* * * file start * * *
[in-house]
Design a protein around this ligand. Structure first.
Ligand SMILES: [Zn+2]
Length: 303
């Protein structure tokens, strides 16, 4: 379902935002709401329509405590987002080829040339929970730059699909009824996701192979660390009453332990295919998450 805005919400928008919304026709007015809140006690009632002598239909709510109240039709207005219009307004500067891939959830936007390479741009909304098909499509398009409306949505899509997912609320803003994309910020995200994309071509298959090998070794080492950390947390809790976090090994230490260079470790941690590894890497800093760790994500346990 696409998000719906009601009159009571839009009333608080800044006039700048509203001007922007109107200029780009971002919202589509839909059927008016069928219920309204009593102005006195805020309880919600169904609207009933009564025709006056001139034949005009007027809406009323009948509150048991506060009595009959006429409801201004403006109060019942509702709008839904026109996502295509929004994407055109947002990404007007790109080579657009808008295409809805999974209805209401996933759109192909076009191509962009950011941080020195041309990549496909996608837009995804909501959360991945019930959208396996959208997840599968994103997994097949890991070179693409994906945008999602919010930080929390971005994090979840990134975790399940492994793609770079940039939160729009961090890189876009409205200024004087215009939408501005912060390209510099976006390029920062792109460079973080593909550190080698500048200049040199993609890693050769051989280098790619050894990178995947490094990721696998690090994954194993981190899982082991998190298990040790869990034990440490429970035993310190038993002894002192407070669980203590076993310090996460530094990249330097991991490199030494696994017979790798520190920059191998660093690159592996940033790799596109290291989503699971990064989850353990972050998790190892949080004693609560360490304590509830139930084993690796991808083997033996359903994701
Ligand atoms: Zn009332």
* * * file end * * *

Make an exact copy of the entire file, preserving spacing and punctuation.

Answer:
[in-house]
Design a protein around this ligand. Structure first.
Ligand SMILES: [Zn+2]
Length: 303
């Protein structure tokens, strides 16, 4: 379902935002709401329509405590987002080829040339929970730059699909009824996701192979660390009453332990295919998450 805005919400928008919304026709007015809140006690009632002598239909709510109240039709207005219009307004500067891939959830936007390479741009909304098909499509398009409306949505899509997912609320803003994309910020995200994309071509298959090998070794080492950390947390809790976090090994230490260079470790941690590894890497800093760790994500346990 696409998000719906009601009159009571839009009333608080800044006039700048509203001007922007109107200029780009971002919202589509839909059927008016069928219920309204009593102005006195805020309880919600169904609207009933009564025709006056001139034949005009007027809406009323009948509150048991506060009595009959006429409801201004403006109060019942509702709008839904026109996502295509929004994407055109947002990404007007790109080579657009808008295409809805999974209805209401996933759109192909076009191509962009950011941080020195041309990549496909996608837009995804909501959360991945019930959208396996959208997840599968994103997994097949890991070179693409994906945008999602919010930080929390971005994090979840990134975790399940492994793609770079940039939160729009961090890189876009409205200024004087215009939408501005912060390209510099976006390029920062792109460079973080593909550190080698500048200049040199993609890693050769051989280098790619050894990178995947490094990721696998690090994954194993981190899982082991998190298990040790869990034990440490429970035993310190038993002894002192407070669980203590076993310090996460530094990249330097991991490199030494696994017979790798520190920059191998660093690159592996940033790799596109290291989503699971990064989850353990972050998790190892949080004693609560360490304590509830139930084993690796991808083997033996359903994701
Ligand atoms: Zn009332």